When will your Baby start Teething?

When will your Baby start Teething?

29 September 2020
Posted by: Read2Grow

Let’s say right up front that this question can’t be answered. That’s because just like most other elements of child development, there are huge variations.

In fact, things will vary by baby and they might also be affected by your genetic background.

So, our usual re-assuring message; please don’t worry if your baby is “different” to what follows”. It is almost certainly unimportant.

Odd cases

Some babies, including Napoleon Bonaparte, are born with some teeth already. That’s usually 2-3 on the lower jaw although a Japanese baby some years ago was born with 14.

These events are exceedingly rare though. In some cultures historically, these poor babies were killed, as it was seen as a sign of bad luck but of course these teeth at birth mean absolutely nothing in terms of your child’s future dental or other development.

Statistical norms

Your baby should start teething at somewhere around 6 months. This will typically be 1-2 teeth on the bottom jaw.

Please don’t fret if they’re “late”. Some babies don’t start teething until they’re over 12 months. Your child may start teething later than average if they were born premature or were unusually small at birth.

Most babies will have a set of teeth by around 18 months. If yours hasn’t started teething by then, you should consult a dentist or your doctor.


Contrary to some myth, not all babies suffer badly with teething pain. Some may show little or no awareness that their teeth are coming in but inevitably, some pain may be possible. In some cases that can mean sleepless nights yet again!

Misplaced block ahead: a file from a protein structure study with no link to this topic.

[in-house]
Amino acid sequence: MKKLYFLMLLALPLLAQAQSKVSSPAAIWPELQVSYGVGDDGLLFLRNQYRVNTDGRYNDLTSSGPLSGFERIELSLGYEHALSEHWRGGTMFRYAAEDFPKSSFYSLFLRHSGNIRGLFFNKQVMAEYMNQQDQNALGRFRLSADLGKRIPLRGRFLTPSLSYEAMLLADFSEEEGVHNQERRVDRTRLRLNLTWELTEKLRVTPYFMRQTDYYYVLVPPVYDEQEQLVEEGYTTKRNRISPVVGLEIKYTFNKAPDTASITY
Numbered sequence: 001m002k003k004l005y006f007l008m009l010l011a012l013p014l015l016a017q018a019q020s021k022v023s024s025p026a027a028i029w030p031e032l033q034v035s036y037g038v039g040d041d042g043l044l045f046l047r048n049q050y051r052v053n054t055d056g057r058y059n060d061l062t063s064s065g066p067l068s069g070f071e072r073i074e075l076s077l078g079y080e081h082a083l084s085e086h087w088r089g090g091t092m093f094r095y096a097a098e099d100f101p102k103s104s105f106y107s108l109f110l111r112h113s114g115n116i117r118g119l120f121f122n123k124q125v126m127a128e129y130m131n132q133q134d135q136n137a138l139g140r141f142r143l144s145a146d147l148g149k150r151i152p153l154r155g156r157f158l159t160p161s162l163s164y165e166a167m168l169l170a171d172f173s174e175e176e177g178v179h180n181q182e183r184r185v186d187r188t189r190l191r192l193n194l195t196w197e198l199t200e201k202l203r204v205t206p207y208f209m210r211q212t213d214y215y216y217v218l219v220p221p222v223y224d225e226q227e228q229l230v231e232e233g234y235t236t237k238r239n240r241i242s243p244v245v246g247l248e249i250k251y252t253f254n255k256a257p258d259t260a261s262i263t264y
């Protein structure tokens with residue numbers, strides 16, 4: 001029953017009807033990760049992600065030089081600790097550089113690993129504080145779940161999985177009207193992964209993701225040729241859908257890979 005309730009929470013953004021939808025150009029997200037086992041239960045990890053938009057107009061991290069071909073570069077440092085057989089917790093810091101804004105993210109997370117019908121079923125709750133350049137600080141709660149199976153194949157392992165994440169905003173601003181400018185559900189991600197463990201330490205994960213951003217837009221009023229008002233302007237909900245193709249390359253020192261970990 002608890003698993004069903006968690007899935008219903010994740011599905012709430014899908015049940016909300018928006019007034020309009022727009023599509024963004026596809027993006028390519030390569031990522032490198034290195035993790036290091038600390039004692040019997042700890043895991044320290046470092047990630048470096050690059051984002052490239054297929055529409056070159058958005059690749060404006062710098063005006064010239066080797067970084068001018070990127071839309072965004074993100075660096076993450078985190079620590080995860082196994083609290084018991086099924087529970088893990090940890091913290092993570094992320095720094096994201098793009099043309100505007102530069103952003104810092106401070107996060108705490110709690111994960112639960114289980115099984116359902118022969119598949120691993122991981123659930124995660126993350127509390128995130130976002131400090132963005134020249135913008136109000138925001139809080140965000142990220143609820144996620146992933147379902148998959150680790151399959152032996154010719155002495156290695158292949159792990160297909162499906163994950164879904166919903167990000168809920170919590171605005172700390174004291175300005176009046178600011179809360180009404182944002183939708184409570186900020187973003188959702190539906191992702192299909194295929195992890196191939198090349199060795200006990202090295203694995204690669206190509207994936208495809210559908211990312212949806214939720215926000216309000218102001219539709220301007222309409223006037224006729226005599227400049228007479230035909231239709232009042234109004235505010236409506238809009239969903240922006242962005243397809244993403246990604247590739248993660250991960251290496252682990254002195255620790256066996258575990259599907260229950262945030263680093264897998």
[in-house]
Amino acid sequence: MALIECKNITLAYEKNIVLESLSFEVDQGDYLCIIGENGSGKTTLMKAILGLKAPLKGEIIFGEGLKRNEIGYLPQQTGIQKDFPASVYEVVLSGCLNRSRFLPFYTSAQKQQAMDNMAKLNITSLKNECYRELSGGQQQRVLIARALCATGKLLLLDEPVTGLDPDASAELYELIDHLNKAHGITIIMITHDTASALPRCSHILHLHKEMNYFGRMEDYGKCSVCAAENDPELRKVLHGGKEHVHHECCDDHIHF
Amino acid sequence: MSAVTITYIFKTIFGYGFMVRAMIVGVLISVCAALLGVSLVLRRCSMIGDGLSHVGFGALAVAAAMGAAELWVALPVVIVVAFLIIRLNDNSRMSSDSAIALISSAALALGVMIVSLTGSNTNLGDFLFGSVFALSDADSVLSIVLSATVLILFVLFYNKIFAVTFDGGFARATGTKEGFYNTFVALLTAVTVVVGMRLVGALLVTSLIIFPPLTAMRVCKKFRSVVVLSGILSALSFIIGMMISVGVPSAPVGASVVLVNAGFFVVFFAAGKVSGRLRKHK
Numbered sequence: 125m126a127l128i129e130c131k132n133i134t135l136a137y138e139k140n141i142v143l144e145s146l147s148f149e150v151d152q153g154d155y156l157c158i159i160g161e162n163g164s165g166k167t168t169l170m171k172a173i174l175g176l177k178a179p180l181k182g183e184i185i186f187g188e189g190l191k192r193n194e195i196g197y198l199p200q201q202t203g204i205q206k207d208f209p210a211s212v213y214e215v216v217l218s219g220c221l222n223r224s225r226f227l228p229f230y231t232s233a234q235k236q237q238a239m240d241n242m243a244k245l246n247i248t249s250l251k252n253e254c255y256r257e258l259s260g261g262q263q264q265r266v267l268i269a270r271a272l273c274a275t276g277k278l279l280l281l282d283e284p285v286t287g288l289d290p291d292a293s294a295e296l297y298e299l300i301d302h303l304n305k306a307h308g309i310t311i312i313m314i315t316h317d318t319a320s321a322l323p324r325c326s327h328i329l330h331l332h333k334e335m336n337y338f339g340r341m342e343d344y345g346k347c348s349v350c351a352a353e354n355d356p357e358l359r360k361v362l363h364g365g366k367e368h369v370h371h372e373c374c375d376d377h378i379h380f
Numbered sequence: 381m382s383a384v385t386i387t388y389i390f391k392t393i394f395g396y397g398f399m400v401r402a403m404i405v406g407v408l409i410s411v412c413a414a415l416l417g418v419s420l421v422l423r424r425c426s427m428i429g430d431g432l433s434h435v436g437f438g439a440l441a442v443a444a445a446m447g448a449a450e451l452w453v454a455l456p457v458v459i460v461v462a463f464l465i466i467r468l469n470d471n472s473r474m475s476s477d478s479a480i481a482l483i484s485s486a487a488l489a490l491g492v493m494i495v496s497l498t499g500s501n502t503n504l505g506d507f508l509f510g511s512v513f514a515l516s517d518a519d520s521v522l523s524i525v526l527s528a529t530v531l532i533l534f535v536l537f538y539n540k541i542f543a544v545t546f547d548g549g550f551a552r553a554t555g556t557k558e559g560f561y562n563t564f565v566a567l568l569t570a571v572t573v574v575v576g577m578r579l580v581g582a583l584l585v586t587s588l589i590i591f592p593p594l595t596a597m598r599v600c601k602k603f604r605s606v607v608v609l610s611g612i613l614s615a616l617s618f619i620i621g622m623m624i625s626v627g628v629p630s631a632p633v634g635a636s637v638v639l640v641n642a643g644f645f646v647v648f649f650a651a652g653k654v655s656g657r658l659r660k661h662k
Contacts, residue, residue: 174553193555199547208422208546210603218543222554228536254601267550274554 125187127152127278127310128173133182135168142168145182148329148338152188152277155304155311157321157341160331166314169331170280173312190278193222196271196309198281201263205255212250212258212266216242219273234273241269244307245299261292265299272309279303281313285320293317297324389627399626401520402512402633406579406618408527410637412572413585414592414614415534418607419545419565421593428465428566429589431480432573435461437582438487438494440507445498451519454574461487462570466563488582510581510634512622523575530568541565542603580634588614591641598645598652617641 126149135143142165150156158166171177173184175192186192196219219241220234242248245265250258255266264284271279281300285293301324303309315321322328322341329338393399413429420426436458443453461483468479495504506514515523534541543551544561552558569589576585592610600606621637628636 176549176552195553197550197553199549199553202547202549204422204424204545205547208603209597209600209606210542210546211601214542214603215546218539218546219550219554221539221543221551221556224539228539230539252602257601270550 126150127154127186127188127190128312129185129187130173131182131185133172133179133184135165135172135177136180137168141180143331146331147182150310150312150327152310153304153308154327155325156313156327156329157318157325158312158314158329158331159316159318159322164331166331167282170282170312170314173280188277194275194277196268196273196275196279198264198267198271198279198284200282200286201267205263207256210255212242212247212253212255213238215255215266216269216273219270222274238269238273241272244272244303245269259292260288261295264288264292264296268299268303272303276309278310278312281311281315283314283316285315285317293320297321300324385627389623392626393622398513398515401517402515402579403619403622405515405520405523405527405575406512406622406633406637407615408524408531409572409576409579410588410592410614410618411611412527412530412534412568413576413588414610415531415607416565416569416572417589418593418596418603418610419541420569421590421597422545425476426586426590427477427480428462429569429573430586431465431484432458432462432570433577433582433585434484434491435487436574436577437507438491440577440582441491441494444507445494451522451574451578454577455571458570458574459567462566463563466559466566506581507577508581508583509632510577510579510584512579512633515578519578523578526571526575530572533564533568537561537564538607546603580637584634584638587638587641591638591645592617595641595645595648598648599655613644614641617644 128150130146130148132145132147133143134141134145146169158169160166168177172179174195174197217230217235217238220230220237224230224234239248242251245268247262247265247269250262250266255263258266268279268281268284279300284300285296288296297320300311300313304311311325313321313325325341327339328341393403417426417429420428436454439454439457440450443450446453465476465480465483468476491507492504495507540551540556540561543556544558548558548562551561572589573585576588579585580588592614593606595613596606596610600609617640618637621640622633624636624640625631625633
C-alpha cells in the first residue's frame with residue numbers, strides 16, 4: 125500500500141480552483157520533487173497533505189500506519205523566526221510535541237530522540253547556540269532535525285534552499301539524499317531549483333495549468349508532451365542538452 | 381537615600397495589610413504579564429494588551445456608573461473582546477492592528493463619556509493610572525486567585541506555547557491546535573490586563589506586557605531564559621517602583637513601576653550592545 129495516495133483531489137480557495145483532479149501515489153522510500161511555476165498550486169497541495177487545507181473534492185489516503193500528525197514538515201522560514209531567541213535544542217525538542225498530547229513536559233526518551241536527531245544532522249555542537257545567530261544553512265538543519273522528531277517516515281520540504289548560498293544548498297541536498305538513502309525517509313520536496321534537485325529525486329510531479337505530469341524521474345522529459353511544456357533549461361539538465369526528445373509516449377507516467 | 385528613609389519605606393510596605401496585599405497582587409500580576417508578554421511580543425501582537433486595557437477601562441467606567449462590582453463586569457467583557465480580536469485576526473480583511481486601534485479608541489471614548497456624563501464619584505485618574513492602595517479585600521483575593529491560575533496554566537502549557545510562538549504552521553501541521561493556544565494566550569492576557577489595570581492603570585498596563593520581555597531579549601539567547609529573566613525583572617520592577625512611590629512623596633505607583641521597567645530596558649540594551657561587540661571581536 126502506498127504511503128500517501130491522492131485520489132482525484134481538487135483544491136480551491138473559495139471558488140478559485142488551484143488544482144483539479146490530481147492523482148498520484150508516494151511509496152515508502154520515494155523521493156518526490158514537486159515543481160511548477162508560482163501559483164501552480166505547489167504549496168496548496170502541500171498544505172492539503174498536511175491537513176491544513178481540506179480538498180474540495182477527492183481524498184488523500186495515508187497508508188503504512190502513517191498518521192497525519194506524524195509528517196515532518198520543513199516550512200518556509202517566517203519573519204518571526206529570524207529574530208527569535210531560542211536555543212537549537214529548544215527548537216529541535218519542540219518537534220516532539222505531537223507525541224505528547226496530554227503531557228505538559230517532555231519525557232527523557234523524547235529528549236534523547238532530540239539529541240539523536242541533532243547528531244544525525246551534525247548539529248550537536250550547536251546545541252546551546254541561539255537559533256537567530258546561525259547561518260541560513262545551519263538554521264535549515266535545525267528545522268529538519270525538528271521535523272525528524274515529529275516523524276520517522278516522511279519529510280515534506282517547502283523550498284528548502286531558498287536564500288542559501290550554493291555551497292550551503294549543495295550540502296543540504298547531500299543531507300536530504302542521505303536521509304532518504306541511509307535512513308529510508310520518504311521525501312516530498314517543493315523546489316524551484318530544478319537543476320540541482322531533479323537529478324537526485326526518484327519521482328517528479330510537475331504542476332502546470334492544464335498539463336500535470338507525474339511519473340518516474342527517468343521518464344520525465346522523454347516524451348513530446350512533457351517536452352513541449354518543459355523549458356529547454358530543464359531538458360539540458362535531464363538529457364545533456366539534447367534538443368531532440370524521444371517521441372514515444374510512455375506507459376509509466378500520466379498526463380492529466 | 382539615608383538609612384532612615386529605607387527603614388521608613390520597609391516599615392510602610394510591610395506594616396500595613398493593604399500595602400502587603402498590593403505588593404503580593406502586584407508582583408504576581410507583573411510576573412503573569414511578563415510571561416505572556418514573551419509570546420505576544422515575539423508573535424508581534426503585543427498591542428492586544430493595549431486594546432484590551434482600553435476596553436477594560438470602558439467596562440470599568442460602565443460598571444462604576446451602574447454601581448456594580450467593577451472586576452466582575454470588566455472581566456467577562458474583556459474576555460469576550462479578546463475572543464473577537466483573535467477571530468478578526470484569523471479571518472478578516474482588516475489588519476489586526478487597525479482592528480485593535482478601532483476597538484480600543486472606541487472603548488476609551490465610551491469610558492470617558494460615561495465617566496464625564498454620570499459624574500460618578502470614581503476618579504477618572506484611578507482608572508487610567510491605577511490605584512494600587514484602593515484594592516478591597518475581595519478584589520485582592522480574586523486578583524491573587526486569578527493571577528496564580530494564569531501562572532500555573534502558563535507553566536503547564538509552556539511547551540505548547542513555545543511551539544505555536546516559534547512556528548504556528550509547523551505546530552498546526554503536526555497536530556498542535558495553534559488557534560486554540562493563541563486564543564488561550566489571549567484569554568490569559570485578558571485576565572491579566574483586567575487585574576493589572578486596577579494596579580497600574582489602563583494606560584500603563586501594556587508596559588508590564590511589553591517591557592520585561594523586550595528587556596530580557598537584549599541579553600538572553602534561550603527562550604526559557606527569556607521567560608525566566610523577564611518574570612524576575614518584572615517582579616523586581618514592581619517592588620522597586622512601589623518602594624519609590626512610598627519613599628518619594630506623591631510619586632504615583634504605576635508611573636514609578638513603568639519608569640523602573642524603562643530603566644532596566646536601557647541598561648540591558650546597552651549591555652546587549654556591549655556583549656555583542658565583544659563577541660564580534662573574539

A cooled teething ring can be useful to help, as can some products. Speak to your pharmacist or doctor if your baby seems to be suffering particularly badly. Note that they may also have a very slight temperature.

Whatever your personal views are on homoeopathy for adults, be extremely cautious about using such products to help with teething pain unless a medical professional has cleared it first.


You may see your baby looks or is irritable while teething. That’s of course linked to the soreness that may exist on their gums.

Treat this as per above but distracting them by play can also help.


From the moment the first teeth appear, they need to be cleaned (very gently).

There are special baby teeth cleaning materials and techniques available. Your pharmacist or paediatrician will be only too pleased to make appropriate recommendations.


While your baby is teething, they might be more prone than usual to put anything they can get their hands on into their mouth – often driven by the need to try and soothe pain.

You may need to be extra vigilant about leaving things around during this period.

Camouflaged symptoms

As a very slightly raised temperature and some grumpiness can be normal at this time, some more serious problems can be missed and attributed incorrectly to ‘teething’.

The following symptoms are typically NOT associated with teething and if they arise, you should consult a medical professional:

  • vomiting;
  • fever;
  • evidence of severe pain;
  • discolouration of skin (gums excluded);
  • sleepiness/lethargy;
  • apparent visual difficulties;
  • diarrhoea;
  • respiratory troubles / blocked chest;
  • significant rashes.

Gaps in teething

 Don’t worry if your baby cuts a few teeth and then takes a break, with not much happening for a while.

That’s perfectly normal. Consult a doctor or dentist if it continues but keep in mind, babies vary hugely in how fast they deliver their full set of gnashers!


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